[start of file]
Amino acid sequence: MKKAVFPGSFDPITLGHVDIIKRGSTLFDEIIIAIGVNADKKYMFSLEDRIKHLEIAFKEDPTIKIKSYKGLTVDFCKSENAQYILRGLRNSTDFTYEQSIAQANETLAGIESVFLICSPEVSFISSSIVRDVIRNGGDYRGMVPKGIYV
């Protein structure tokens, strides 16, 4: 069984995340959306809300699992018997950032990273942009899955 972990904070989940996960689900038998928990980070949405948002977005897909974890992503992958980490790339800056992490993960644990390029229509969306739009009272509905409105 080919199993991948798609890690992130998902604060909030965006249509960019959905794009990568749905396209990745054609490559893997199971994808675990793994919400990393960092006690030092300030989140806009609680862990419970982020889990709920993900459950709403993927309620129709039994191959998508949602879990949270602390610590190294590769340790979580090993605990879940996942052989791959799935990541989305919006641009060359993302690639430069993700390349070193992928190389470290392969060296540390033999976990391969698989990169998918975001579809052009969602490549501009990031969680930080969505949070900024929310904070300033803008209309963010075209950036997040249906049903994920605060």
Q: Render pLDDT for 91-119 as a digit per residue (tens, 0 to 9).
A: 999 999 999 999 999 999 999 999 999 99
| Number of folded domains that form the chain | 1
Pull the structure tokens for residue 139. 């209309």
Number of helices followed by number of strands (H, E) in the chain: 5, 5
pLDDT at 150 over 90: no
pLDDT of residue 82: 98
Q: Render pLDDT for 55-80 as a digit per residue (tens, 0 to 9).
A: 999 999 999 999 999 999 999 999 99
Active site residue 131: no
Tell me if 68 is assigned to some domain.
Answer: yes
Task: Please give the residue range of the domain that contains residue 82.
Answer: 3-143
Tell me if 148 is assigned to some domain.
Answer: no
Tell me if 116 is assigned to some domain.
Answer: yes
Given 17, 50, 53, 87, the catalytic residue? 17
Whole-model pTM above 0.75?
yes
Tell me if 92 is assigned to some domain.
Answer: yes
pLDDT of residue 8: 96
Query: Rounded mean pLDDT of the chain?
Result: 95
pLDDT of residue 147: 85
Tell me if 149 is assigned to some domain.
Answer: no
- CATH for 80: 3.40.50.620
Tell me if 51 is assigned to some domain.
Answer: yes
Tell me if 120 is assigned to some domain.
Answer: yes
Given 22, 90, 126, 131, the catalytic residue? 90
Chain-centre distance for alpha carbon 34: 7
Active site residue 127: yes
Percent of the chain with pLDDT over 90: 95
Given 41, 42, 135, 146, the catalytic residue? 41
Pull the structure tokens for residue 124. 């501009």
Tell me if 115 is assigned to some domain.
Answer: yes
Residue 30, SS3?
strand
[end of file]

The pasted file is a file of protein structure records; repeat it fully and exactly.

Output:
Amino acid sequence: MKKAVFPGSFDPITLGHVDIIKRGSTLFDEIIIAIGVNADKKYMFSLEDRIKHLEIAFKEDPTIKIKSYKGLTVDFCKSENAQYILRGLRNSTDFTYEQSIAQANETLAGIESVFLICSPEVSFISSSIVRDVIRNGGDYRGMVPKGIYV
């Protein structure tokens, strides 16, 4: 069984995340959306809300699992018997950032990273942009899955 972990904070989940996960689900038998928990980070949405948002977005897909974890992503992958980490790339800056992490993960644990390029229509969306739009009272509905409105 080919199993991948798609890690992130998902604060909030965006249509960019959905794009990568749905396209990745054609490559893997199971994808675990793994919400990393960092006690030092300030989140806009609680862990419970982020889990709920993900459950709403993927309620129709039994191959998508949602879990949270602390610590190294590769340790979580090993605990879940996942052989791959799935990541989305919006641009060359993302690639430069993700390349070193992928190389470290392969060296540390033999976990391969698989990169998918975001579809052009969602490549501009990031969680930080969505949070900024929310904070300033803008209309963010075209950036997040249906049903994920605060």
Q: Render pLDDT for 91-119 as a digit per residue (tens, 0 to 9).
A: 999 999 999 999 999 999 999 999 999 99
| Number of folded domains that form the chain | 1
Pull the structure tokens for residue 139. 């209309």
Number of helices followed by number of strands (H, E) in the chain: 5, 5
pLDDT at 150 over 90: no
pLDDT of residue 82: 98
Q: Render pLDDT for 55-80 as a digit per residue (tens, 0 to 9).
A: 999 999 999 999 999 999 999 999 99
Active site residue 131: no
Tell me if 68 is assigned to some domain.
Answer: yes
Task: Please give the residue range of the domain that contains residue 82.
Answer: 3-143
Tell me if 148 is assigned to some domain.
Answer: no
Tell me if 116 is assigned to some domain.
Answer: yes
Given 17, 50, 53, 87, the catalytic residue? 17
Whole-model pTM above 0.75?
yes
Tell me if 92 is assigned to some domain.
Answer: yes
pLDDT of residue 8: 96
Query: Rounded mean pLDDT of the chain?
Result: 95
pLDDT of residue 147: 85
Tell me if 149 is assigned to some domain.
Answer: no
- CATH for 80: 3.40.50.620
Tell me if 51 is assigned to some domain.
Answer: yes
Tell me if 120 is assigned to some domain.
Answer: yes
Given 22, 90, 126, 131, the catalytic residue? 90
Chain-centre distance for alpha carbon 34: 7
Active site residue 127: yes
Percent of the chain with pLDDT over 90: 95
Given 41, 42, 135, 146, the catalytic residue? 41
Pull the structure tokens for residue 124. 């501009």
Tell me if 115 is assigned to some domain.
Answer: yes
Residue 30, SS3?
strand